Farmer Schools A Safe Place To Discuss Gender-Based Violence

Published on 06 December 2013

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by Office of the Spokesperson


Washington, D.C.

USAID Farmer Schools
USAID Farmer Schools

In Tanzania, the U.S. Agency for International Development (USAID) and its partner Canadian Physicians for Aid and Relief have learned that Farmer Field Schools, where farmers teach each other about techniques to improve production, can also be places where men and women talk about sensitive topics like gender-based violence.

USAID is joining the international community for 16 Days of Activism Against Gender Violence from November 25, International End Violence Against Women Day, through December 10, International Human Rights Day.

Having a place for women and men to talk and learn together like the Farmer Field Schools creates an environment of support, USAID gender adviser Sylvia Cabus wrote in a recent post on the USAID Impact blog. USAID indirectly funds Farmer Field Schools through partners like Canadian Physicians for Aid and Relief.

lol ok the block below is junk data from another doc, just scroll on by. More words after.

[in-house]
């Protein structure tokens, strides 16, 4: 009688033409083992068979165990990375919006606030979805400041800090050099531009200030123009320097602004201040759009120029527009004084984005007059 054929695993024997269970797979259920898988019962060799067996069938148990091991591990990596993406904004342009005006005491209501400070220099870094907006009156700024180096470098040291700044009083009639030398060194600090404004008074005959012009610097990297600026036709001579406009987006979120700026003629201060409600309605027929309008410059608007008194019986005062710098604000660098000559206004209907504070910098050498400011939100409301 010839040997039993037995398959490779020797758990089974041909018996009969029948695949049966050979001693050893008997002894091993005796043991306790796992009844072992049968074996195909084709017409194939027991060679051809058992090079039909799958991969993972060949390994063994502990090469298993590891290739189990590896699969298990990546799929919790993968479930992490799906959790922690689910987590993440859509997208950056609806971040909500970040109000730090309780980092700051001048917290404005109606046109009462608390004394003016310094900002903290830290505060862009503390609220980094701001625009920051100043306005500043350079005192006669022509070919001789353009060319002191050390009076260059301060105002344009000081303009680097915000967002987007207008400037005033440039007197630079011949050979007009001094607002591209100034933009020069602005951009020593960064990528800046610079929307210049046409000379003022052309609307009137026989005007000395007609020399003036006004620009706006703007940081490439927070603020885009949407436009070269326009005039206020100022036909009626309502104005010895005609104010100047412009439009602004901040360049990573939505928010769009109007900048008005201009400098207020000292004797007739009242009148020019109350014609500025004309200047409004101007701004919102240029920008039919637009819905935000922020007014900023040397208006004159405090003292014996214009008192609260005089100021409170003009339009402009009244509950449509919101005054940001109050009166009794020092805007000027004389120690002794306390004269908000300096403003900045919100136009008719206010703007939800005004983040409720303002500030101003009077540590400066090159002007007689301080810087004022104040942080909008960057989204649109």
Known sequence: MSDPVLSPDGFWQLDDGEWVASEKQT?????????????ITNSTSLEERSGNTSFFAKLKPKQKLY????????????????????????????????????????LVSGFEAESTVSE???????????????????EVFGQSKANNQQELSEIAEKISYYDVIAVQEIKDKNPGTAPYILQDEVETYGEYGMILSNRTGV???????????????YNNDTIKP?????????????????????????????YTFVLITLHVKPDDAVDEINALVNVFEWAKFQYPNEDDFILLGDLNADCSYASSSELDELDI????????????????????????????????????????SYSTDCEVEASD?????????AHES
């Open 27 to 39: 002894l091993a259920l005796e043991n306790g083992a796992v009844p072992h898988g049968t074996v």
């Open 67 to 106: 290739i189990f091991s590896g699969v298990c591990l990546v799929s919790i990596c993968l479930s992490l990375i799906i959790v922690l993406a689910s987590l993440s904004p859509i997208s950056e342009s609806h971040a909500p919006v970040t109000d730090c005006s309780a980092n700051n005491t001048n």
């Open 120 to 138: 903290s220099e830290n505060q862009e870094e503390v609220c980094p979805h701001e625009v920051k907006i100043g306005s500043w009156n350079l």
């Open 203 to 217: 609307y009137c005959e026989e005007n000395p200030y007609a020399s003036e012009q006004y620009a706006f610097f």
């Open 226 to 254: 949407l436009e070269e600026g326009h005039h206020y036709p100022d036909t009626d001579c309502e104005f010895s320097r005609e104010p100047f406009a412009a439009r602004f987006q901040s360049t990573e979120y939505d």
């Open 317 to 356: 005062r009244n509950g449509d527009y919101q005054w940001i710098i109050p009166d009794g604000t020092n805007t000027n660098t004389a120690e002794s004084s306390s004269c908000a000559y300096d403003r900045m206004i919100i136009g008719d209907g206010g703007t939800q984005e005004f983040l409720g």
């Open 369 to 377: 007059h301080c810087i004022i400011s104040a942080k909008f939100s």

According to Cabus, Kizom Farm Field School member Saada had planned to use money from selling cotton she raised to open a village tea shop for added income. But her husband seized the money and beat her.

Having learned about human rights at Kizom, Saada told her school peers about what happened. The group sent some members to visit the husband and speak to him about equal rights. They explained that Saada had the right to control money, especially money she had earned. They also told him that she had the right to be treated with respect and live free from violence.

After her husband had time to think about what they had said, his relationship with Saada improved, and Saada became an inspiration to others in her community, Cabus wrote.



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Posted 2013-12-06 10:31:00